UVM hosted a conference on the connections between Vermont and its neighbor to the north.
The March 20 French-Canadian connections conference, focused on the relations between Vermont and Quebec. It featured speakers including UVM President Tom Sullivan, Gov. Phil Scott and Rita de Santis, the Quebec minister responsible for access to information and reform of democratic institutions.
As Vermont is Quebec’s most significant trading partner in New England and Quebec is the most important export market for Vermont, speakers emphasized the importance of the connection between Quebec and Vermont, according to the conference’s program.
In a speech comparing President Trump’s recent travel ban to Vermont’s historic response to French Canadian immigrants, Vermont Attorney General TJ Donovan called for Vermont to take a strong pro-immigration stance.
“Yes, we will open our doors for those who seek a better life,” he said, “as it was true for the French-Canadians, it is true for the refugees”
The conference was designed to highlight the historical, cultural and economic contributions of French Canadians to Vermont and New England.
It focused on past history, present connects and the future French-Canadian immigration trends, according to the program.
“This [conference] is an opportunity to look back on our history and look forward to the dialogue and accomplishments that we can achieve with our colleagues from Quebec,” Sullivan said.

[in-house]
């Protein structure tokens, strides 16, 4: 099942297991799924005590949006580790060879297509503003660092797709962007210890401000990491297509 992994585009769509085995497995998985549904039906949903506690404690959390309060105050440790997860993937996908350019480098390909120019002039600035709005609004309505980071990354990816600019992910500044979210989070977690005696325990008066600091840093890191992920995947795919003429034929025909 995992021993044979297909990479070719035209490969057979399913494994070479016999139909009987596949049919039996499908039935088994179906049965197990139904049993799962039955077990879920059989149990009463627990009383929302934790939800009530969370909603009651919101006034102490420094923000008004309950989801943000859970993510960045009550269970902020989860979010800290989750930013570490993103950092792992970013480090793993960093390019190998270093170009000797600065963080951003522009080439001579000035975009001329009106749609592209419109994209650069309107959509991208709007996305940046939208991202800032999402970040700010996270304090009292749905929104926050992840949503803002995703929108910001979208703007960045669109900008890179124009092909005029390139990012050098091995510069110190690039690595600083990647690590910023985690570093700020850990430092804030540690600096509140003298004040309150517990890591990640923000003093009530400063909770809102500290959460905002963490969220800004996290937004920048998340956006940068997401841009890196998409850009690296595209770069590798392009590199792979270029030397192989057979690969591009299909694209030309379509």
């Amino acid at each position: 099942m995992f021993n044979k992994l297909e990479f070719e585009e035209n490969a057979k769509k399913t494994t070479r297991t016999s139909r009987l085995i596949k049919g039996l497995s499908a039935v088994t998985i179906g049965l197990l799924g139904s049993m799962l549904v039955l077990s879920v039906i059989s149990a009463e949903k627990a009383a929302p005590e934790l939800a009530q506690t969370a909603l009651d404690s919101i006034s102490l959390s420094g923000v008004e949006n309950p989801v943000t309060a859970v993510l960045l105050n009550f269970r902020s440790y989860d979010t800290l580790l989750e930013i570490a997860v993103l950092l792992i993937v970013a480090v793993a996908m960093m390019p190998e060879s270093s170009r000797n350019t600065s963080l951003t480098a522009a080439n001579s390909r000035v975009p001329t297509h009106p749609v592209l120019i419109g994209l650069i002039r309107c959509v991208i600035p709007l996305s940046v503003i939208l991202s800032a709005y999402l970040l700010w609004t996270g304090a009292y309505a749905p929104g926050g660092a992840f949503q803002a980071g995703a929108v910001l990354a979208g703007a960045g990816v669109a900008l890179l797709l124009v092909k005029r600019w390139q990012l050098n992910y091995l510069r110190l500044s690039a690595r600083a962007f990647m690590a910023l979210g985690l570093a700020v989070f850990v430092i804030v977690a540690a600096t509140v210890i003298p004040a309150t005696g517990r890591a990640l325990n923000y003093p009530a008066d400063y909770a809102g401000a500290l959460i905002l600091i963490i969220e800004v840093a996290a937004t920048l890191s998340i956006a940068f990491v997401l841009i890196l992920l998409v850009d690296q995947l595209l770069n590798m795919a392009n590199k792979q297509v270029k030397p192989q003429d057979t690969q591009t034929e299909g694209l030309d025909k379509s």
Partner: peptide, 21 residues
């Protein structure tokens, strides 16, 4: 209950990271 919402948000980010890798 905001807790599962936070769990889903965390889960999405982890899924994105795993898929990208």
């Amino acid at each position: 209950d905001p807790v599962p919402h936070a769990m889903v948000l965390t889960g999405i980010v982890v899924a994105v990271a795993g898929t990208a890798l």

The story of the immigrants that have influenced the connection between both areas was also a main focus.
“It is that quality of any person who has the courage to come to the U.S. for a better life — that remarkable combination of hope, confidence and imagination — that is needed more than ever today.” Donovan said.
“It’s very encouraging to see leaders in the state and University to be so welcoming to other cultures,” sophomore Louis Augeri said.
Robert Bartlett, professor of political science, said the conference “appeals to people who are interested in more than just the language and culture.”
In closing, Gov. Scott said he is confident Vermont can continue its tradition of looking at what people have in common instead of pointing out their differences.
“Diversity makes us stronger; it makes us more understanding,” Scott said, “and it helps all of us grow.”
De Santis agreed, concluding her remarks with a translated proverb and a statement: “Alone we can run much more quickly, but together we go further.” She said “Let us make sure there are no walls between Quebec and Vermont.”